2.3 Efficiency & Cost
Electrical energy results from converting one form of energy, generally mechanical energy, into another form, electricity. Not all of the original energy input into an energy converter changes to electricity. This leads to the idea of efficiency, or a rating of how well a converter changes energy from one form to another form. Efficiency has different meanings in different types of physical systems. In mechanical systems, use is made of thermal efficiency and mechanical efficiency, which describe the efficiency of the two corresponding phases of a given process. In the electrical systems that will be discussed, efficiency is defined as
This can also be expressed in terms of mechanical and electrical losses in either energy or power terms as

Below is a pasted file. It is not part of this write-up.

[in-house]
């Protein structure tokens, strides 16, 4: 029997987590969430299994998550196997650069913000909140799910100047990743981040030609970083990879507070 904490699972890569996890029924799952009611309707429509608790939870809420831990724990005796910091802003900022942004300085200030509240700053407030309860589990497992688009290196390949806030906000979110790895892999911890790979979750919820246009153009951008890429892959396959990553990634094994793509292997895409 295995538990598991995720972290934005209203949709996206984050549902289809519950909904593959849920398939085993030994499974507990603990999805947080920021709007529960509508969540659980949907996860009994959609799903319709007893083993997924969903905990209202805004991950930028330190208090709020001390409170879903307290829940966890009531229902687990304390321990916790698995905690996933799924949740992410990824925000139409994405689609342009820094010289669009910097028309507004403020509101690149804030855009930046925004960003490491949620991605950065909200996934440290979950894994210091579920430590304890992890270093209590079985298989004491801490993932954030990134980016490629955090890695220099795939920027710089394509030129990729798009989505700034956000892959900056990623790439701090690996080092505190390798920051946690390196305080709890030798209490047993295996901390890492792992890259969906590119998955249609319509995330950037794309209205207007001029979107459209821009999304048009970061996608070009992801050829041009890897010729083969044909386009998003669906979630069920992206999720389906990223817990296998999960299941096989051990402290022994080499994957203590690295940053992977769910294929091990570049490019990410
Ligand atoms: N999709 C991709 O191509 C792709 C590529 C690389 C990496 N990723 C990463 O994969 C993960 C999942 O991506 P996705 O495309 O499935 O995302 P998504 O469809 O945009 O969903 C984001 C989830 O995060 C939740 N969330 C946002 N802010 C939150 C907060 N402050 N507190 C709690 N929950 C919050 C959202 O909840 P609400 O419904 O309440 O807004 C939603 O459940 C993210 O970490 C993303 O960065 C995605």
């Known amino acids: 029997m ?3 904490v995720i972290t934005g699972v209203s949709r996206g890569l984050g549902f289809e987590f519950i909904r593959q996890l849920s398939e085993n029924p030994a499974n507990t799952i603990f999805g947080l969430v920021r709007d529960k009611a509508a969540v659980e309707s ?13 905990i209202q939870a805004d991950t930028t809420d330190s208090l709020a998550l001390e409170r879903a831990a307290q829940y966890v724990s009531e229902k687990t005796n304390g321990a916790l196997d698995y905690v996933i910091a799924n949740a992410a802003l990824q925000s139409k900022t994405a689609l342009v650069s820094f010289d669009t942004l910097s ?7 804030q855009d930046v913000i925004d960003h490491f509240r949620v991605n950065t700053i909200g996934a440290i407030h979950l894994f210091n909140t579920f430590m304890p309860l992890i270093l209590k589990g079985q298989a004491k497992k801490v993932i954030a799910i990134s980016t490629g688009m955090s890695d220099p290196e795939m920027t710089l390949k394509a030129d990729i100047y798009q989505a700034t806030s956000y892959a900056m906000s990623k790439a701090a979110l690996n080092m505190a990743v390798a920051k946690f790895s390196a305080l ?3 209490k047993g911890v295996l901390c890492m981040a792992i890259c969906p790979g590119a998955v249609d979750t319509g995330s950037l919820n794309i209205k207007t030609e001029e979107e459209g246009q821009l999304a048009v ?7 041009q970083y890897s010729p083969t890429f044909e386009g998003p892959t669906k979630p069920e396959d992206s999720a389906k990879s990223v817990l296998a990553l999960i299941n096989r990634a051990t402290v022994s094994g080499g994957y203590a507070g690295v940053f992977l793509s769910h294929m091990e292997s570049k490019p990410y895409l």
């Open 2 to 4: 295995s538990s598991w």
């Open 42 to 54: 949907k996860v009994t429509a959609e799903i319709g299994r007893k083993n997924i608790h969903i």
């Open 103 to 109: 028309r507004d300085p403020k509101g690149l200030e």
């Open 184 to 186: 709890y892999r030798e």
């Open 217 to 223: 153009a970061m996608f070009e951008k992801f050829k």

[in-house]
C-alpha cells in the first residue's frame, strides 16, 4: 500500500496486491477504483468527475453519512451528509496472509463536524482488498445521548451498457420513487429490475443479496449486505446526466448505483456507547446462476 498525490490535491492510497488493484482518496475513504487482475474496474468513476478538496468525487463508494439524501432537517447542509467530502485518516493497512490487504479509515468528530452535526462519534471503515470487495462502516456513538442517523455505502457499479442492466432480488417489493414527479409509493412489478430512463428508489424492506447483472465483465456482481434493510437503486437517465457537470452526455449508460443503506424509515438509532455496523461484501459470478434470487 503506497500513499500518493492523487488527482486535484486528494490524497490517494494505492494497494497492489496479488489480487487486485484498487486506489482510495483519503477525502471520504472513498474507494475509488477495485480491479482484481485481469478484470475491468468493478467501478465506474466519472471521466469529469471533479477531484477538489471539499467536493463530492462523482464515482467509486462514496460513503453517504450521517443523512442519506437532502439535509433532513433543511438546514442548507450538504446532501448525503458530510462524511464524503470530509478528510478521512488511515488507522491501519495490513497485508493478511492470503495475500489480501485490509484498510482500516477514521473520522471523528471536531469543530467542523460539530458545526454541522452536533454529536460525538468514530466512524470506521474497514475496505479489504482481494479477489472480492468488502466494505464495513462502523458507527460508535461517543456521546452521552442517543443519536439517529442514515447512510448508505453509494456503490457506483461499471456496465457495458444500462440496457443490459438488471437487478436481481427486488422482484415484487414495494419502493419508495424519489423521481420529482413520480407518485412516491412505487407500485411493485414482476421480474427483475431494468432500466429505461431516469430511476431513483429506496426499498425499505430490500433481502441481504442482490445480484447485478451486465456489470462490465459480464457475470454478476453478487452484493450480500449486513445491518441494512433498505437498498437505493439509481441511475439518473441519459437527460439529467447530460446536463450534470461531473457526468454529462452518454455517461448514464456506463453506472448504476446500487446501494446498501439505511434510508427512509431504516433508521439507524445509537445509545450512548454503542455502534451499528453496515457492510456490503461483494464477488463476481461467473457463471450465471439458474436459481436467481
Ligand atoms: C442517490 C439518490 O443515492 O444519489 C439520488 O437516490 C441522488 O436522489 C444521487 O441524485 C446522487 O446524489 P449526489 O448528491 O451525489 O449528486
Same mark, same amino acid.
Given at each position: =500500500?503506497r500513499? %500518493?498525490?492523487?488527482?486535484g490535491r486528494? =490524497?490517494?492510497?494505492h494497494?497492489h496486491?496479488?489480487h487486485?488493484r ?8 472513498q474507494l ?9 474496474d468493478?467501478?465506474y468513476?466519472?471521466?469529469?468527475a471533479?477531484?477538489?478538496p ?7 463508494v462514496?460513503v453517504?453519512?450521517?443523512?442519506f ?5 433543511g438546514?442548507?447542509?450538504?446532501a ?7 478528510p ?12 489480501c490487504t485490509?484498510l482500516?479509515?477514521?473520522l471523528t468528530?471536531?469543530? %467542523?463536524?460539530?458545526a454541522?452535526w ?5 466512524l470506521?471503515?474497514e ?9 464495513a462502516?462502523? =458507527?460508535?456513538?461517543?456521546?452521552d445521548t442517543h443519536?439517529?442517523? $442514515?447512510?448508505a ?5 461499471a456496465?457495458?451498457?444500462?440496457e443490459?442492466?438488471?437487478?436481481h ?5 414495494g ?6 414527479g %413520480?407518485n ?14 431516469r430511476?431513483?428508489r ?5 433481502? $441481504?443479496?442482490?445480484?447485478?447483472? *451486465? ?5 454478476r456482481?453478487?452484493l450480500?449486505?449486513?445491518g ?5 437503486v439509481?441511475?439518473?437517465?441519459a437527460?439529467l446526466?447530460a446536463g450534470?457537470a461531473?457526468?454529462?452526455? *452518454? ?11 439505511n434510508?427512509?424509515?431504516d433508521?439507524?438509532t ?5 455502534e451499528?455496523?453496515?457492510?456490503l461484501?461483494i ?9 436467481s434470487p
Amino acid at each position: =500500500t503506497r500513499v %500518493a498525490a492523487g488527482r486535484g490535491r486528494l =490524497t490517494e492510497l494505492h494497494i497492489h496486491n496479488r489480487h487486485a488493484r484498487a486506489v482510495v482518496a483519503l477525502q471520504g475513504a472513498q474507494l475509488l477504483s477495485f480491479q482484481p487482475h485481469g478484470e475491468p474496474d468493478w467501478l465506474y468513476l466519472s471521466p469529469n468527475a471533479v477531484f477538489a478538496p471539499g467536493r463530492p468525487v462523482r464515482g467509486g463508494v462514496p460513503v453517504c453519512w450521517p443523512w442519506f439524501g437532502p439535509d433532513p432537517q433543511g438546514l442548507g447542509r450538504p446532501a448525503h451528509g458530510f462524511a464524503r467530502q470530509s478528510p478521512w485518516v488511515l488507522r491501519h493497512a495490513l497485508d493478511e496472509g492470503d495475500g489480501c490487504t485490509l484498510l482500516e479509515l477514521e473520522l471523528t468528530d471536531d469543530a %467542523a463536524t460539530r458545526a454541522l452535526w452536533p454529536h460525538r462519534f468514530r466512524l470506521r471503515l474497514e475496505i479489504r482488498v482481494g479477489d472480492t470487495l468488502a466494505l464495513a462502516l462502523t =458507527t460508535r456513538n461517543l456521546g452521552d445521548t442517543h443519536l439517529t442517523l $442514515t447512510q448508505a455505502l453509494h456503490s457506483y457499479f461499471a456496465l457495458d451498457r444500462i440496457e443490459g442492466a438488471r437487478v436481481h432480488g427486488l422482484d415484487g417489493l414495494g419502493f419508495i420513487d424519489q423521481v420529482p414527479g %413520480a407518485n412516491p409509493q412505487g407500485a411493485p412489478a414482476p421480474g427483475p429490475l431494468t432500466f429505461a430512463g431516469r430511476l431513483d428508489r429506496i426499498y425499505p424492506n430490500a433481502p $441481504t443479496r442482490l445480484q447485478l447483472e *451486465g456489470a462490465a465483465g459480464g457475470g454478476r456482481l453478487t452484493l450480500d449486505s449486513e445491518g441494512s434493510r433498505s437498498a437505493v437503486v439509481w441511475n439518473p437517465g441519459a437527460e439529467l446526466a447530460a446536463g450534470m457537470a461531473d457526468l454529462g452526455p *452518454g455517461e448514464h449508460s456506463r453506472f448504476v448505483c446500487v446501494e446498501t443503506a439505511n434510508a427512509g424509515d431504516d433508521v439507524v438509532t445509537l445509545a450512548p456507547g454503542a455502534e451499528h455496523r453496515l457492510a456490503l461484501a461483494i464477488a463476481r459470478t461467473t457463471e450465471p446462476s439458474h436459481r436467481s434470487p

The energy use or efficiency of an electric machine is becoming increasingly significant. It is one of the more important design criteria today. Approximate maximum efficiencies of various types of energy converters are shown in Table 2.2.
Table 2.2 Approximate maximum efficiencies of energy converters.
|Energy Converter||Efficency, percent|
|Synchronous electric generator||greater than 95|
|Large electric motor||90|
|Small electric motor||65|
|Steam power plant||40|
The efficiency of energy converters has a direct effect on the financial cost to produce electricity. More efficient converters use less fuel or less space to produce the same amount of electricity. This also decreases the associated financial costs of the system. Current standards necessiate maximizing efficiency and minimizing the financial costs for electric systems.
In the next section, Electromechanical Energy Conversion, general conversion processes will be discussed. This section is coupled with a section on Direct Energy Conversion, where energy conversion occurs without using a mechnical turbine to electricity. Following these sections, conversion types are discussed more specifically. These sections lead us into more of the physical and engineering concepts behind electricity.